Her half brother King Abdullah II is the current ruler of Jordan.
A report of her fleeing to Germany first surfaced on the website Eurabia.com.
Another site Emirates Leaks also reported the claim that Princess Haya had fled to Germany with her children Jalila, 11, and Zayed, aged seven. The US based site The Daily Beast claimed Haya is in hiding in London.
Many others also commented on the reports on Twitter, including controversial internet entrepreneur Kim Dotcom.
He wrote to his 700,000 followers: ‘There are unconfirmed reports that @hrhprincesshaya has fled Dubai to Germany with the help of a German diplomat. If true Haya can finally speak about what happened to Princess Latifa. Anyone who has any information please contact me via Twitter dm.’
The Princess Latifa mentioned is the 33-year-old daughter of Sheikh Maktoum who unsuccessfully tried to flee Dubai and start a new life last year.
Mail Online revealed how the Princess escaped from Dubai with the help of her best friend and a former French spy.
She made a series of videos to be released if her bid for freedom failed, describing how her life as a Princess in the Arab kingdom was a sham.
Latifa claimed she was not allowed to have a passport and not allowed out on her own and had previously been imprisoned for two years after a failed escape attempt in her teens.
After fleeing Dubai she was tracked down to a yacht on the Indian Ocean and forcibly returned to Dubai where friends claim she has been kept in a drugged state and not allowed out.
Dubai authorities refused to make any comment about her escape bid or claims of mistreatment.
But after her plight was raised in the United Nations and a campaign launched to secure her freedom former Irish Prime Minister Mary Robinson was invited to meet her by Princess Haya.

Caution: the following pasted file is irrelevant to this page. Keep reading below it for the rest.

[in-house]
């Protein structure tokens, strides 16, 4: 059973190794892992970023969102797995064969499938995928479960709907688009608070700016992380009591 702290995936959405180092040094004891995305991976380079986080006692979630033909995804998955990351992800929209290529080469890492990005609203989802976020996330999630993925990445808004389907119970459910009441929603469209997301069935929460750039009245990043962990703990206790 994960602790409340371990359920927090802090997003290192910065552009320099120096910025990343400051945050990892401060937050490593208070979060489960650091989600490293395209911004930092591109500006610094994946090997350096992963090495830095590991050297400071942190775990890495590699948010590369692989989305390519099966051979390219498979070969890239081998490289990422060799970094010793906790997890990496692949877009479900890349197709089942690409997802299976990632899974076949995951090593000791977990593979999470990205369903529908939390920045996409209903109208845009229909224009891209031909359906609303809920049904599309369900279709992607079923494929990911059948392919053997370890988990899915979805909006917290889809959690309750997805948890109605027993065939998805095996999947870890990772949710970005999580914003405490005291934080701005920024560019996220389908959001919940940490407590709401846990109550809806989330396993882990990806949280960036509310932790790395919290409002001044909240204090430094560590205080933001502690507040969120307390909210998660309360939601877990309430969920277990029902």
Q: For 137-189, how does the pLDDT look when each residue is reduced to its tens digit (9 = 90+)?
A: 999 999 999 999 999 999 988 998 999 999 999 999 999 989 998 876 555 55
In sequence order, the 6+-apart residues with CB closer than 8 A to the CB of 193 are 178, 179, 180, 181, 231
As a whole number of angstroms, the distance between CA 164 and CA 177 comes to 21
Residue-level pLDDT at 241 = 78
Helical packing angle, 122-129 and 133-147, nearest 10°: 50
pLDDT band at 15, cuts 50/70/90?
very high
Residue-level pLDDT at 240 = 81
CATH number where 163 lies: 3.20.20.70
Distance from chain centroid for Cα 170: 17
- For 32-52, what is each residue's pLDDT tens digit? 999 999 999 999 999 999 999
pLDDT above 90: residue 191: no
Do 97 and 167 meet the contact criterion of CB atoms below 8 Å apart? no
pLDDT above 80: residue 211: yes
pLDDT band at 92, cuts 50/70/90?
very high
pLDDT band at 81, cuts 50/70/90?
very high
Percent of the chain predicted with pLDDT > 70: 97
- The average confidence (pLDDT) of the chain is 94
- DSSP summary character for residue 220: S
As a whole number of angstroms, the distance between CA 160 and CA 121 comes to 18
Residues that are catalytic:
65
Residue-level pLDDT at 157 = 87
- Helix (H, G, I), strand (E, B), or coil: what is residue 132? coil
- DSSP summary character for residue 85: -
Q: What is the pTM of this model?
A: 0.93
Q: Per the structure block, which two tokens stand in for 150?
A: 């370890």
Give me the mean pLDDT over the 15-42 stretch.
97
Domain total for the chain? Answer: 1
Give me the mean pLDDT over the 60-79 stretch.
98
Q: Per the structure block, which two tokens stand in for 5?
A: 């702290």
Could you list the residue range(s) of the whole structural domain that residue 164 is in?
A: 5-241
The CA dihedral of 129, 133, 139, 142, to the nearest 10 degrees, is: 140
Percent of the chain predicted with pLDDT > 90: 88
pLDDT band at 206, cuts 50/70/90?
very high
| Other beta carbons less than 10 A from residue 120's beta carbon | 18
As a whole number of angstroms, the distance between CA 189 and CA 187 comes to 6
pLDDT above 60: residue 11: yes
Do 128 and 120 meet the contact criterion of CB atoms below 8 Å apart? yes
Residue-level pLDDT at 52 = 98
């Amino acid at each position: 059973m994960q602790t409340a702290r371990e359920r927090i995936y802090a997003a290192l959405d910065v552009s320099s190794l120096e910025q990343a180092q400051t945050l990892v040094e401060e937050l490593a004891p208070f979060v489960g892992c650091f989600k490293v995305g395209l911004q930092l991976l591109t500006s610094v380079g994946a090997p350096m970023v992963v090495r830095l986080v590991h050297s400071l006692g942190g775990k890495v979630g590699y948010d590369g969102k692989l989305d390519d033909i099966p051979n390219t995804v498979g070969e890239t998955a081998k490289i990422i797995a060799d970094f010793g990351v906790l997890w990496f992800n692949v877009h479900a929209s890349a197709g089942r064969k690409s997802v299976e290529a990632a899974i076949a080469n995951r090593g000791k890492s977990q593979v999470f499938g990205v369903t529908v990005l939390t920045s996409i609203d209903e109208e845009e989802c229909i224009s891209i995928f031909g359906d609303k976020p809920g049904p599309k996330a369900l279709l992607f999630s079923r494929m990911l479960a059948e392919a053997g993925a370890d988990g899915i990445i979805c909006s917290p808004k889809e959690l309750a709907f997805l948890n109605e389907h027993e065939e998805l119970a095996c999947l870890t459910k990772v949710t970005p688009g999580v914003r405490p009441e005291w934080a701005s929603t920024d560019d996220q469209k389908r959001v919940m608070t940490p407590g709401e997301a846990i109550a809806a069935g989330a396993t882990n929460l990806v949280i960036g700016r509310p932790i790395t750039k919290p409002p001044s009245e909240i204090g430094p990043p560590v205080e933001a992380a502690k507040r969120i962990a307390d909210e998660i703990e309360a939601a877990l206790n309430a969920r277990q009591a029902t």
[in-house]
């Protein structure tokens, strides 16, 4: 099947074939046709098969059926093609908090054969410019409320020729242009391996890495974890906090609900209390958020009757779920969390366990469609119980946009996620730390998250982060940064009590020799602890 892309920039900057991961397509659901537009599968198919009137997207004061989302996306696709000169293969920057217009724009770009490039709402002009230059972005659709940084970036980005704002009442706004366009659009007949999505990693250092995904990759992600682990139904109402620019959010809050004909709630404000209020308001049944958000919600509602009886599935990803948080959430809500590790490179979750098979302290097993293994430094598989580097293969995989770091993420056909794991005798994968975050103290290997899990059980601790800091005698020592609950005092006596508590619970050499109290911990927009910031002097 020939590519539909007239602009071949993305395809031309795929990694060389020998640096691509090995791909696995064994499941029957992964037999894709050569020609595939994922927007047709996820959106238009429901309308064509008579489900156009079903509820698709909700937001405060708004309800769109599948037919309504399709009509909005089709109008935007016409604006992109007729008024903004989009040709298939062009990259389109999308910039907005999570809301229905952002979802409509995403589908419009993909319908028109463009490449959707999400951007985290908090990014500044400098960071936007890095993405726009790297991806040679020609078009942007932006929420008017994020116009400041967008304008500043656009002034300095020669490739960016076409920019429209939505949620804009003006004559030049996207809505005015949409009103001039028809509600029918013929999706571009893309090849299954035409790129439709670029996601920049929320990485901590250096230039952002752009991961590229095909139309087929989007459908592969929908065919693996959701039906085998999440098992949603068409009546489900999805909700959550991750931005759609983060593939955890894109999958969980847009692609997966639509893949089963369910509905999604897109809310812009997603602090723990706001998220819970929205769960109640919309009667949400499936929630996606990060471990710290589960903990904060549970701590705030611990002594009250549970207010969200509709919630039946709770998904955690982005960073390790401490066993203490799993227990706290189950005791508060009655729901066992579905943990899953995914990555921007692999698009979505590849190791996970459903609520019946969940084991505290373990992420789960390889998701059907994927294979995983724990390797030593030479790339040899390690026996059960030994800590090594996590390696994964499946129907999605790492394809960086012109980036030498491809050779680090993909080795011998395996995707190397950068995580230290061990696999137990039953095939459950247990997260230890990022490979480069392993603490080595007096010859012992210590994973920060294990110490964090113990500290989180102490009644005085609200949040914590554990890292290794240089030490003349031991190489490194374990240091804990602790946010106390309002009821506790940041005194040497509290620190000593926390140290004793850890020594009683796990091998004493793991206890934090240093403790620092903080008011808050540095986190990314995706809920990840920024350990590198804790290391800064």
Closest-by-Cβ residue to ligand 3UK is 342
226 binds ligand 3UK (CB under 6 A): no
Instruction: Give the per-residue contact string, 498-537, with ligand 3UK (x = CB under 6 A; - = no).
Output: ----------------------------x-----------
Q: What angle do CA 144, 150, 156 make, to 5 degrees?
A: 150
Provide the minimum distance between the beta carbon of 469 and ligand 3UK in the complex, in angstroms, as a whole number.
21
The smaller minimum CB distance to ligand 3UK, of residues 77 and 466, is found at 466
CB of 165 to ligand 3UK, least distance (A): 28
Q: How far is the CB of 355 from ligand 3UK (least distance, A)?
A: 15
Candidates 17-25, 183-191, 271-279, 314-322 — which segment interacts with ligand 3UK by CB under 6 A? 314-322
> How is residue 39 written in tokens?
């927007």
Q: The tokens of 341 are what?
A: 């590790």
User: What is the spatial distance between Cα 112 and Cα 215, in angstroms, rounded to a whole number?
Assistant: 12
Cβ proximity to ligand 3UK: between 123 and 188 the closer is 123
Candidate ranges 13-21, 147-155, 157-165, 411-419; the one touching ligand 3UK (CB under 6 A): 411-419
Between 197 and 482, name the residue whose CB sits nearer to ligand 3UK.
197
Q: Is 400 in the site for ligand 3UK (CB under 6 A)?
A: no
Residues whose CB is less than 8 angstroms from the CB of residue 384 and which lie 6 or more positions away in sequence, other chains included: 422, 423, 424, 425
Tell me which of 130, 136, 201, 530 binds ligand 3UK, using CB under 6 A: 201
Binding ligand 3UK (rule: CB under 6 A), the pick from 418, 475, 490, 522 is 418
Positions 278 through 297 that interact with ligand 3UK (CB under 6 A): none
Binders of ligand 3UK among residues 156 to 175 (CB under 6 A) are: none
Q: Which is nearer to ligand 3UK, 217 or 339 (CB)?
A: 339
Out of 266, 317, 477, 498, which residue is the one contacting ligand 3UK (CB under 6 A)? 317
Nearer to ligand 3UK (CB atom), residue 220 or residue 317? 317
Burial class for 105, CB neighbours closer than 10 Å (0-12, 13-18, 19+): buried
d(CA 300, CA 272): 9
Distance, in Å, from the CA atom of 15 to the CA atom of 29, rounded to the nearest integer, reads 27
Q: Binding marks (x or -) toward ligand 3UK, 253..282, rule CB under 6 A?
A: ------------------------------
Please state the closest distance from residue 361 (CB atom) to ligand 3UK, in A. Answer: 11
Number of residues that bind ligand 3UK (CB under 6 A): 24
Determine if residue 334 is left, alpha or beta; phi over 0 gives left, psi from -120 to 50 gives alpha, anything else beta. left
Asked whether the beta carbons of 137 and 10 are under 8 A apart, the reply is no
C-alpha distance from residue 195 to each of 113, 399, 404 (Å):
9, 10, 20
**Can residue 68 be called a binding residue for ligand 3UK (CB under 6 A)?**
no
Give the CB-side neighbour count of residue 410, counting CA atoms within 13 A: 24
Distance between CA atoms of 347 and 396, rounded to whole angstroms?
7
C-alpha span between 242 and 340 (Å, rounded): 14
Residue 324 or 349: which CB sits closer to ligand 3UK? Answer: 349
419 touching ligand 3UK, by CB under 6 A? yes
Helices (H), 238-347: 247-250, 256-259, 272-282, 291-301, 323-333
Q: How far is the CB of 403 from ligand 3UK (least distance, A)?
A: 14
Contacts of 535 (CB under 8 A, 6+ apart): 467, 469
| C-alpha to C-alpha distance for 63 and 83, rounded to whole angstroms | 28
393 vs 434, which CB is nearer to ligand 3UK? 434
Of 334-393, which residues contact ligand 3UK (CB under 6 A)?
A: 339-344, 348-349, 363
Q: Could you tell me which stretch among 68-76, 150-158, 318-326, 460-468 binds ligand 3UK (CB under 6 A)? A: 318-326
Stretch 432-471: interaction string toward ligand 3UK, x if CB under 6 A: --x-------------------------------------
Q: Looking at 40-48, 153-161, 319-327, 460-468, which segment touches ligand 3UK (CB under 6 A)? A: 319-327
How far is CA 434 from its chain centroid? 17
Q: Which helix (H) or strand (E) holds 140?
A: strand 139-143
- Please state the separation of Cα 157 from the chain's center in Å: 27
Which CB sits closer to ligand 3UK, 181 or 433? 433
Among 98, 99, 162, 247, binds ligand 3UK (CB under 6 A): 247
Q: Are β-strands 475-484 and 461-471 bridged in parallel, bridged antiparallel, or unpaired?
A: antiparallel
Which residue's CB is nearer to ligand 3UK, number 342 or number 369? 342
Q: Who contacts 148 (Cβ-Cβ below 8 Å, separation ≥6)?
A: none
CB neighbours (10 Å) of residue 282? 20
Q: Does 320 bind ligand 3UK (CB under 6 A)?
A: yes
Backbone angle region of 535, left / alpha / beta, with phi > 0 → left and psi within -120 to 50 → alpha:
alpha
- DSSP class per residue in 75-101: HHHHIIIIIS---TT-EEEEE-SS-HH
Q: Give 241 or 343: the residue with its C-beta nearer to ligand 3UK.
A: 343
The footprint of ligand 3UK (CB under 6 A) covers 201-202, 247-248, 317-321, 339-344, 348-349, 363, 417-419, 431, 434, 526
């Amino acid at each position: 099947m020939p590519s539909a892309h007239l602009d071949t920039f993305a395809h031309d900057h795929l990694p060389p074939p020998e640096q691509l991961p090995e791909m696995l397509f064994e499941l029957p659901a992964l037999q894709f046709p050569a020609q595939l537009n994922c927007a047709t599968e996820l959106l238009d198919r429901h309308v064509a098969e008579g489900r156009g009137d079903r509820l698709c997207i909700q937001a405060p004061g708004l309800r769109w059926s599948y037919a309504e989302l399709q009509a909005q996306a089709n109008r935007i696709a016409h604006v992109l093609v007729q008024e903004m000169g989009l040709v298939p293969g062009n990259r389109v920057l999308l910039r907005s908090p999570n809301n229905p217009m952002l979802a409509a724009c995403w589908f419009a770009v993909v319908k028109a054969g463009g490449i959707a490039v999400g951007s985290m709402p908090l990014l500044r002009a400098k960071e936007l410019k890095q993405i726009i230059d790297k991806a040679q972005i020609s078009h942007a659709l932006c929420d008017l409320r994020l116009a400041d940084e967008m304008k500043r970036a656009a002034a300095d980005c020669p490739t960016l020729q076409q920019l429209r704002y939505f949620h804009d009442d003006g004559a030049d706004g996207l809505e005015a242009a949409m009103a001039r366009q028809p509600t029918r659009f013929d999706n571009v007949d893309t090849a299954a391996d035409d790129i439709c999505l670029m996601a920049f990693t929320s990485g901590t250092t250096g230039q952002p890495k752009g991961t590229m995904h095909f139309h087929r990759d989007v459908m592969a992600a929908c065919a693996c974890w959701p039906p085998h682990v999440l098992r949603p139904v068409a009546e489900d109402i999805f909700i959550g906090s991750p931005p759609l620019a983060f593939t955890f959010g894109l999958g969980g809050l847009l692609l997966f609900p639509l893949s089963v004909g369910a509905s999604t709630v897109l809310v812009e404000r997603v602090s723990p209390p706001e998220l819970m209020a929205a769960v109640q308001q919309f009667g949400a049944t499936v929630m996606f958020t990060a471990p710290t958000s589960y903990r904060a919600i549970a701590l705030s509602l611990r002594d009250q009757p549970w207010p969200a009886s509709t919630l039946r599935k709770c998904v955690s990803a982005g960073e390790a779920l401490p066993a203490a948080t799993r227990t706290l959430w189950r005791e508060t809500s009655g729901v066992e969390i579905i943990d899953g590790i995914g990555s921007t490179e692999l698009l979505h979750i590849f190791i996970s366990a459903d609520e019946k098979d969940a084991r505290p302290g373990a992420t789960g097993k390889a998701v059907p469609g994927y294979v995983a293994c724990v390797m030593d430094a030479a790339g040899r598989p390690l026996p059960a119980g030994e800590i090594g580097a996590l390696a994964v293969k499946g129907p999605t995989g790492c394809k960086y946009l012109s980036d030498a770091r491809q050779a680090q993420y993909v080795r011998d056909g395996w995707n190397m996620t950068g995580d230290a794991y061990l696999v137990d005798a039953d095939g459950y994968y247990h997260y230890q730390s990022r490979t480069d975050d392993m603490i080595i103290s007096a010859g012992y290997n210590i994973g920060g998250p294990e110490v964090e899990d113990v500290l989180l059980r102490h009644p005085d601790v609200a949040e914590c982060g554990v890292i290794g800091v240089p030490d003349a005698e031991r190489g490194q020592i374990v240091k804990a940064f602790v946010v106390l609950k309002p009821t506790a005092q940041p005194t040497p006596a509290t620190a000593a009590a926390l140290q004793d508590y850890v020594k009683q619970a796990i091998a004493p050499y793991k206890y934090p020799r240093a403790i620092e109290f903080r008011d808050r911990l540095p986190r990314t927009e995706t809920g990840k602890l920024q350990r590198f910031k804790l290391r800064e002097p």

The Princess was then forced to defend Mrs Robinson after she came in for an avalanche of criticism from human rights groups over the staged meeting and calling Latifa a ‘troubled young woman.’
In an interview with Irish radio the Princess said she said the Latifa situation was an ‘extremely private matter’.
She said she asked Mrs Robinson to visit as she was a trusted friend and knew each other from their work with the United Nations.
Speaking about Latifa, the Princess said: ‘It is a private family matter and I do not want to go into it because for the protection of Latifa herself and to ensure that she’s not used by anyone else. She is a vulnerable young woman.’
The Princess is known for her charitable work and actively involved in many humanitarian projects. She is a UN Messenger of Peace and Goodwill Ambassador.
Radha Stirling from the pressure group Detained in Dubai said: We have received multiple reports regarding the story of Princess Haya, from sources close to the governments in Jordan, and the UAE; all of which indicate that she has sought political asylum in Germany.
‘We cannot comment on the veracity of these reports, but such an event would clearly represent a powerful indictment against the UAE and against Sheikh Mohammed bin Rashid personally, as well as have potentially dramatic repercussions on the relationships between the countries involved.
‘Whenever someone applies for political asylum, obviously, it is because their lives are in danger, and because they have suffered severe abuses and violations of their human rights.
‘We already know that Princess Latifa, Sheikh Mohammed’s daughter, fled the UAE seeking asylum and alleging unspeakable abuse at the hands of her father.
‘Now, it seems, Princess Haya, Sheikh Mohammed’s wife, has also fled the country and sought refuge in Germany. Obviously, this raises serious questions as to what prompted her to flee, and why she felt unable to simply file for divorce and relocate herself and her children without fear of reprisal from the Ruler of Dubai.
‘She is, after all, a free adult woman, and the sister of the King of Jordan; yet apparently, she feels unsafe.
‘Princess Haya was put in a position late last year of helping Sheikh Mohammed gloss over international concerns about the well-being of Princess Latifa after her capture, and subsequent disappearance.
She met with Mary Robinson in an orchestrated photo op with a clearly dazed and listless Latifa, in a PR stunt that was widely criticised and damaged Haya’s standing in the human rights community.’